According to the Centers for Disease Control and Prevention, seniors in America are enjoying are enjoying more active sex lives. Some attribute the rise in sexual activity among the elderly to advances in prescription drugs or basic medical treatments. Whatever the cause, Americans today are living longer and healthier lives. As sexual activity becomes more prevalent in seniors, so too do STDs, however checking for STDs in seniors is rarely a concern of doctors.
Since 2010, the CDC has reported significant increases in chlamydia, syphilis and gonorrhea. Chlamydia showed a 52% increase in persons over the age of 65. Syphilis showed a 65% increase. Gonorrhea had an astonishing 90% increase in cases. Medical professionals have cited numerous reasons for these increases. One such reason is an increase in divorced people in older age groups. In 2014, people over the age of 65 were twice as likely to get divorced than people of the same age in the 1990s. This has created a larger pool of people dating in their senior years.
This group of people also grew into sexual activity at a time when birth control pills were accepted and condoms were not taught as the preferred form of contraception. Additionally, sex education as a whole has changed drastically since the 1950s which has allowed for common misconceptions about sexual health among older generations. In 2010, it was found by the Sexual Information and Education Council of the United States, or SIECUS, that senior adults had the lowest rate of condom usage compared to all other age groups.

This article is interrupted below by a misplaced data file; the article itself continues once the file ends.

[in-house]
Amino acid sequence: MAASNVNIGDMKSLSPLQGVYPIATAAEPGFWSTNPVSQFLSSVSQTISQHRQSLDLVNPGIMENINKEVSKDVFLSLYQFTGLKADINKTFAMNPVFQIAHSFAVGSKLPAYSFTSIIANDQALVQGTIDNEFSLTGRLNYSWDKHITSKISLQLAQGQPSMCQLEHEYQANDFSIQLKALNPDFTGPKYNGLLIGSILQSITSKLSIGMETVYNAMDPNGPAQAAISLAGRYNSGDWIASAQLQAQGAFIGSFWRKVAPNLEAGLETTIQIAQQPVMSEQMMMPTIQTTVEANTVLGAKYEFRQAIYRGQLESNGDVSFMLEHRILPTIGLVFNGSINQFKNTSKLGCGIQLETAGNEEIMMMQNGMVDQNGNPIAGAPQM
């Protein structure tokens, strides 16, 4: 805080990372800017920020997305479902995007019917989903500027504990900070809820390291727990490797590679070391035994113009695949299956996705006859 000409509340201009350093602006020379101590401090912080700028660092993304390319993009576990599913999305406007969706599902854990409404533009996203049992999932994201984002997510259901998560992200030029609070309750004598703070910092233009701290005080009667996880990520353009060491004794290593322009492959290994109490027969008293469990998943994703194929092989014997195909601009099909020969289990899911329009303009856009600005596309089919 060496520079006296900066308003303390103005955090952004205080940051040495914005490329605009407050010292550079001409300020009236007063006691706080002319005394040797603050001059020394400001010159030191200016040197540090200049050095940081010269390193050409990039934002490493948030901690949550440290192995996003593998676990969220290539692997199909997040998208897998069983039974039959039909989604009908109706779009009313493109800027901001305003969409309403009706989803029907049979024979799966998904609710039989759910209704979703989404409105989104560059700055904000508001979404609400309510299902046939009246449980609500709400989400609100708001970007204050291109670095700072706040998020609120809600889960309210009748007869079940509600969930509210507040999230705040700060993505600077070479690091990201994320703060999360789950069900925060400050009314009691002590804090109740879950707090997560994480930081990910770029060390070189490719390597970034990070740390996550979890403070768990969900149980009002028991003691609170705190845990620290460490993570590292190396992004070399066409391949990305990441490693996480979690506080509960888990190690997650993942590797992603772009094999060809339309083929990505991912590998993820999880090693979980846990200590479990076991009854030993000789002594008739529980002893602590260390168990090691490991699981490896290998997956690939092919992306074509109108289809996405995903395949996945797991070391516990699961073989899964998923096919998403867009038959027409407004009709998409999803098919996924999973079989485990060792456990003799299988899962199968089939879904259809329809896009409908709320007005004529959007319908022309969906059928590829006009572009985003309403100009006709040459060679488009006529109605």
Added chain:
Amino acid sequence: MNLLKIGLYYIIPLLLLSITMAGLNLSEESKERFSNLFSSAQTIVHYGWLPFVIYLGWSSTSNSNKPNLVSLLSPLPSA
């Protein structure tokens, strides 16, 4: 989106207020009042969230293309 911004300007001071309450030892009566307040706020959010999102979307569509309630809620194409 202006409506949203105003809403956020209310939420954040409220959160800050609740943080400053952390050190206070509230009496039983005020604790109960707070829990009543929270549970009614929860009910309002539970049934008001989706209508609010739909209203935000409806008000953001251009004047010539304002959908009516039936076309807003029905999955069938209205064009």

Several studies have found that people in older generations still feel that society does not expect seniors to engage in sexual activity. A survey published by the New England Journal of Medicine found that many older people did not discuss sex with their doctors. In fact, only 22% of female patients and only 38% of male patients claimed to have discussed their sexual activity with their physicians. It was also found that most doctors do not routinely ask patients over 50 about the frequency of their sexual activity.
There is also the growing amount of senior living communities throughout the country. Some of the largest case rates for STDs exist on college campuses where students live primarily in dormitories. Senior living communities are much like college dorms in that many single and socially active people of the same age group are living together in close quarters. Areas in the country with larger senior living communities, such as parts of Arizona and Florida, have reported higher rates of STDs in seniors. The main difference between a college dorm and a senior living community though is that on college campuses condoms are readily handed out to students for free by various groups. This does not happen in senior living communities.
Lastly, a major contributor to the increase of sexually transmitted diseases in the elderly is access to medication that aids in sexual function. Medications such as Viagra have allowed people to remain sexually active longer in life than they were able to in the past. When you combine these medications with one or all of the other factors named, it is easy to see why STDs are on the rise in this group of people.
Seniors are not only at an increased risk of curable STDs such as chlamydia, syphilis and gonorrhea. These same circumstances also make them susceptible to viral infections such as genital herpes, hepatitis or HIV.


1 Huffington Post – Sex and Seniors: STDs A New Reality for the Elderly
2 WebMD – Sex and the Elderly: STD Risk Often Ignored
3 Psychology Today – Baby Boomers Gone Wild! Seniors and STDs
4 Berkeley Wellness – Seniors, Sex and STDs